Government wants to encourage more recycling in the building trade – The Post

Government wants to encourage more recycling in the building trade

Bricks, roof tiles and other building materials could be recycled much more than they are today

The minister would like to see another brick being used in another wall (photo: pixabay/bernswaelz)
September 6th, 2018 12:19 pm| by Stephen Gadd
Facebooktwittergoogle_pluspinterestmail

The traditional Yorkshire saying “Where there’s muck there’s brass” is as apposite today as it was when it was coined – especially with the spotlight firmly focused on recycling.

As part of its ‘circular economy’ initiatives towards a greener and more sustainable Denmark, the business minister, Rasmus Jarlov, has indicated that when it comes to building for the state, environmentally-friendly companies will be given priority, reports DR Nyheder.

A load of old rubbish
Every year, the building trade generates around 4.1 million tonnes of waste material – or one-third of all the rubbish generated in Denmark. At the moment around 80 percent of this builder’s waste is reused, but it is crushed and used as road fill.

READ ALSO: Five tower blocks to be demolished in Brøndby

“We think the state should take the lead when it comes to more sustainable building. We’d like to be able to choose the companies that use materials that are not hazardous to the environment and use materials that can easily be recycled,” said Jarlov.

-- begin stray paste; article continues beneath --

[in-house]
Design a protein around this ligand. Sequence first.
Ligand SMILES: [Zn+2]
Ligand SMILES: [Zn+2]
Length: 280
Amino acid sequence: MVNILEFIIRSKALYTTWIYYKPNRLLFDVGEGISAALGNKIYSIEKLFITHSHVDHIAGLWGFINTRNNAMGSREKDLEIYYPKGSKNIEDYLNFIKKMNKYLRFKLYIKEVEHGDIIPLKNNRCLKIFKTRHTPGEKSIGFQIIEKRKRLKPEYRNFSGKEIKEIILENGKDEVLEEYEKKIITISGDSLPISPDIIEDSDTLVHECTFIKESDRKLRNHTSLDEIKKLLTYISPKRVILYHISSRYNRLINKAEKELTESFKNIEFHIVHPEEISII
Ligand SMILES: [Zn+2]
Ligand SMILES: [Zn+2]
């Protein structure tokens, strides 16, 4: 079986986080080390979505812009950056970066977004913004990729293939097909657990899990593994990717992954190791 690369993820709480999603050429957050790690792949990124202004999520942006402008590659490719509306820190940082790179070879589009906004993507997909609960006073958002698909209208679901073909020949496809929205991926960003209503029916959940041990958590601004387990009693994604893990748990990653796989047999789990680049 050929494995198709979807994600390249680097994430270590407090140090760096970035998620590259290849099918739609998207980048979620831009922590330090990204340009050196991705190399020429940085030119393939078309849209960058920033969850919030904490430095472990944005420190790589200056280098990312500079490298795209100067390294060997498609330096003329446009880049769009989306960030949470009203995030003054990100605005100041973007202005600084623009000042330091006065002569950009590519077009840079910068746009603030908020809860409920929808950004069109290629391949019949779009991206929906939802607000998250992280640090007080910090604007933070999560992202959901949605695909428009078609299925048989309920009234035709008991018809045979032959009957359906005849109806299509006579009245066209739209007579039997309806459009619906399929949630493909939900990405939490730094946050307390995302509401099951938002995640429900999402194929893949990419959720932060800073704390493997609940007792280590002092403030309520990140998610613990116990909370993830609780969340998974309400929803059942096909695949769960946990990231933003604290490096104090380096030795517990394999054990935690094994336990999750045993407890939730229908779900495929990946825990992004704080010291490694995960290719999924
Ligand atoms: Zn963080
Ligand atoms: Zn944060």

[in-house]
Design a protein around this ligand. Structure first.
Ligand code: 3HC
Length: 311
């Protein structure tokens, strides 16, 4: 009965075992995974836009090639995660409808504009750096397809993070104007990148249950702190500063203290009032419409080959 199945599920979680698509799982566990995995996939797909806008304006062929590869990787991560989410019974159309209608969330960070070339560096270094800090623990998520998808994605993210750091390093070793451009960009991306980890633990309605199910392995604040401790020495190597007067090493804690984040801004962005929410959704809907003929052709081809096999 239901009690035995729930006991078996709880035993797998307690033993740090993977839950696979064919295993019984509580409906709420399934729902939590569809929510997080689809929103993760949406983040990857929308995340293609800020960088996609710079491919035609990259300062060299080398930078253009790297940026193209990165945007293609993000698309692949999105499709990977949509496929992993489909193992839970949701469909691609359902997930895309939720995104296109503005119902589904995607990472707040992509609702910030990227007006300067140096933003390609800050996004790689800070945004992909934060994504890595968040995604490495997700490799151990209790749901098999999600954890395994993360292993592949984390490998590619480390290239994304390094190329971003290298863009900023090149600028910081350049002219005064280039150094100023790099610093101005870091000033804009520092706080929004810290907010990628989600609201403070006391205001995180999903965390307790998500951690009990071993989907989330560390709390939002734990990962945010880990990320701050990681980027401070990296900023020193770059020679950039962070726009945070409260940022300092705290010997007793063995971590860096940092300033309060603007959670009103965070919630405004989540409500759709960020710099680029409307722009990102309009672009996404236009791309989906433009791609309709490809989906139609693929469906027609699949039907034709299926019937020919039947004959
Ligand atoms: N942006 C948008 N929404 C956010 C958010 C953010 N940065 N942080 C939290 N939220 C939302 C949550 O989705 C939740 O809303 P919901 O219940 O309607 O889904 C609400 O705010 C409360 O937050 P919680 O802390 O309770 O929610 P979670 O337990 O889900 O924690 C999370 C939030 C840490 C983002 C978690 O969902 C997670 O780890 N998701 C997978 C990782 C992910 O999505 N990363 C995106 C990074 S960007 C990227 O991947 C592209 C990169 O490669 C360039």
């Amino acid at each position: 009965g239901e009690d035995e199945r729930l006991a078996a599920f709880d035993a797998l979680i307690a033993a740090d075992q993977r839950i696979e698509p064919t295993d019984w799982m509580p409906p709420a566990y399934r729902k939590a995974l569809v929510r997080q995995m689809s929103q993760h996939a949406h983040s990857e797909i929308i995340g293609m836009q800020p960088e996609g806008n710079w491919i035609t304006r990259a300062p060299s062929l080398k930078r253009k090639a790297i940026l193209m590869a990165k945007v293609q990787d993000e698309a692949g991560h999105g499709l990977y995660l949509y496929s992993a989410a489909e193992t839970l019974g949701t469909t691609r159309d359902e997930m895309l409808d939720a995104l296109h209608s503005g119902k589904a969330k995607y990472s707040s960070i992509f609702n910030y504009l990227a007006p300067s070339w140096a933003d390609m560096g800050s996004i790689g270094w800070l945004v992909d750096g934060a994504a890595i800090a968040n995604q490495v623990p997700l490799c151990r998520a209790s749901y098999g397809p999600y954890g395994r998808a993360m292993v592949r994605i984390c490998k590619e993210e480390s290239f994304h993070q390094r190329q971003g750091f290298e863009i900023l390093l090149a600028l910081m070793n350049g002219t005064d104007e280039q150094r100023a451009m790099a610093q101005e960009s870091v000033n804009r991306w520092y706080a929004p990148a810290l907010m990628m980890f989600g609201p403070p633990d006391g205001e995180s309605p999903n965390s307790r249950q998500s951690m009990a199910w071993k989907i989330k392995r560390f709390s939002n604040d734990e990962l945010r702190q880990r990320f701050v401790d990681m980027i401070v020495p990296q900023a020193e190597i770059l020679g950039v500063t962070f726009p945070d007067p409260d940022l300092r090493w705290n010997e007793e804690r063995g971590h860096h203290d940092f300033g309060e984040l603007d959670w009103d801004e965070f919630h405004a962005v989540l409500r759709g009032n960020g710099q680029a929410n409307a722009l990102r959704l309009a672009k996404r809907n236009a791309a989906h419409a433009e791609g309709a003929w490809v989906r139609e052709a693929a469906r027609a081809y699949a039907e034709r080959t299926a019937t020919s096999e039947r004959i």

A competitive edge
In practice, this would mean that when it came to awarding contracts, the state would consider more than just the price of the building.

“Today, the state looks solely at what it costs to build a new building. In future, we will also calculate in the costs for reusing the materials that go into the building. That will give the companies that are good at recycling a competitive edge,” Jarlov explained.

The government is setting aside 116 million kroner over the next four years for initiatives designed to move the circular economy forward.

Some of this money will go to making firms better at recycling and reusing materials that would otherwise end up as rubbish, and there will also be money for companies that design materials so that they can be recycled again and again.